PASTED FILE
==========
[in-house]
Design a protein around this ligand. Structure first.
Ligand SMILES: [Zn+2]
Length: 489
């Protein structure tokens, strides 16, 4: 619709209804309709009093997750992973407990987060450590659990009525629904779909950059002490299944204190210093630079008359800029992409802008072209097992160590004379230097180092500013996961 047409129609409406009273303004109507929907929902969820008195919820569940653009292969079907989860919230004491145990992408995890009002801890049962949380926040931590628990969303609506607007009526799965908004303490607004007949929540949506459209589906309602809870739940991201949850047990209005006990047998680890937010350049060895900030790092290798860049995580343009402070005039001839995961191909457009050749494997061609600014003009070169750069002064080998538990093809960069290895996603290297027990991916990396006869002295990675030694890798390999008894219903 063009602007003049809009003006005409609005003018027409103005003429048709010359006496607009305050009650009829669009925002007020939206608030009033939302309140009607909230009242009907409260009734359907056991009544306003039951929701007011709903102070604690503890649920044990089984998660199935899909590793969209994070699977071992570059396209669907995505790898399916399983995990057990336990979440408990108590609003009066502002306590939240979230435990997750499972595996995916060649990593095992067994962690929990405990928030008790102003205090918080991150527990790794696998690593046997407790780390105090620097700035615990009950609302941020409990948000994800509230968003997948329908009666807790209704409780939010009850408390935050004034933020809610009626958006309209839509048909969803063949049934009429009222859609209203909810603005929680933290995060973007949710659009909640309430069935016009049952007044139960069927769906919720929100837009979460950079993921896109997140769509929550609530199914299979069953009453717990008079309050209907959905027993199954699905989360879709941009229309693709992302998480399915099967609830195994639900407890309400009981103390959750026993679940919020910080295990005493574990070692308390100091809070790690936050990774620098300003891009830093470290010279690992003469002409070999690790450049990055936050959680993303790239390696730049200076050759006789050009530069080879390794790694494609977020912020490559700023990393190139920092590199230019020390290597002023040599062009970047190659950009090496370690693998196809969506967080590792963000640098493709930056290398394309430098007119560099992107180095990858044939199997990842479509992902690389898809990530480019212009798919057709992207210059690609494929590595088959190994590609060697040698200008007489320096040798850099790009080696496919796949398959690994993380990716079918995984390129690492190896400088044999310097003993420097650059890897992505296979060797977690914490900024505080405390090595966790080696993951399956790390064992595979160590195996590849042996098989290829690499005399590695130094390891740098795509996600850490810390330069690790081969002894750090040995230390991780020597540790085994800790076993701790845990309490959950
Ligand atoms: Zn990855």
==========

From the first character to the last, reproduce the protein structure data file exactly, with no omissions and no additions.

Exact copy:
[in-house]
Design a protein around this ligand. Structure first.
Ligand SMILES: [Zn+2]
Length: 489
């Protein structure tokens, strides 16, 4: 619709209804309709009093997750992973407990987060450590659990009525629904779909950059002490299944204190210093630079008359800029992409802008072209097992160590004379230097180092500013996961 047409129609409406009273303004109507929907929902969820008195919820569940653009292969079907989860919230004491145990992408995890009002801890049962949380926040931590628990969303609506607007009526799965908004303490607004007949929540949506459209589906309602809870739940991201949850047990209005006990047998680890937010350049060895900030790092290798860049995580343009402070005039001839995961191909457009050749494997061609600014003009070169750069002064080998538990093809960069290895996603290297027990991916990396006869002295990675030694890798390999008894219903 063009602007003049809009003006005409609005003018027409103005003429048709010359006496607009305050009650009829669009925002007020939206608030009033939302309140009607909230009242009907409260009734359907056991009544306003039951929701007011709903102070604690503890649920044990089984998660199935899909590793969209994070699977071992570059396209669907995505790898399916399983995990057990336990979440408990108590609003009066502002306590939240979230435990997750499972595996995916060649990593095992067994962690929990405990928030008790102003205090918080991150527990790794696998690593046997407790780390105090620097700035615990009950609302941020409990948000994800509230968003997948329908009666807790209704409780939010009850408390935050004034933020809610009626958006309209839509048909969803063949049934009429009222859609209203909810603005929680933290995060973007949710659009909640309430069935016009049952007044139960069927769906919720929100837009979460950079993921896109997140769509929550609530199914299979069953009453717990008079309050209907959905027993199954699905989360879709941009229309693709992302998480399915099967609830195994639900407890309400009981103390959750026993679940919020910080295990005493574990070692308390100091809070790690936050990774620098300003891009830093470290010279690992003469002409070999690790450049990055936050959680993303790239390696730049200076050759006789050009530069080879390794790694494609977020912020490559700023990393190139920092590199230019020390290597002023040599062009970047190659950009090496370690693998196809969506967080590792963000640098493709930056290398394309430098007119560099992107180095990858044939199997990842479509992902690389898809990530480019212009798919057709992207210059690609494929590595088959190994590609060697040698200008007489320096040798850099790009080696496919796949398959690994993380990716079918995984390129690492190896400088044999310097003993420097650059890897992505296979060797977690914490900024505080405390090595966790080696993951399956790390064992595979160590195996590849042996098989290829690499005399590695130094390891740098795509996600850490810390330069690790081969002894750090040995230390991780020597540790085994800790076993701790845990309490959950
Ligand atoms: Zn990855």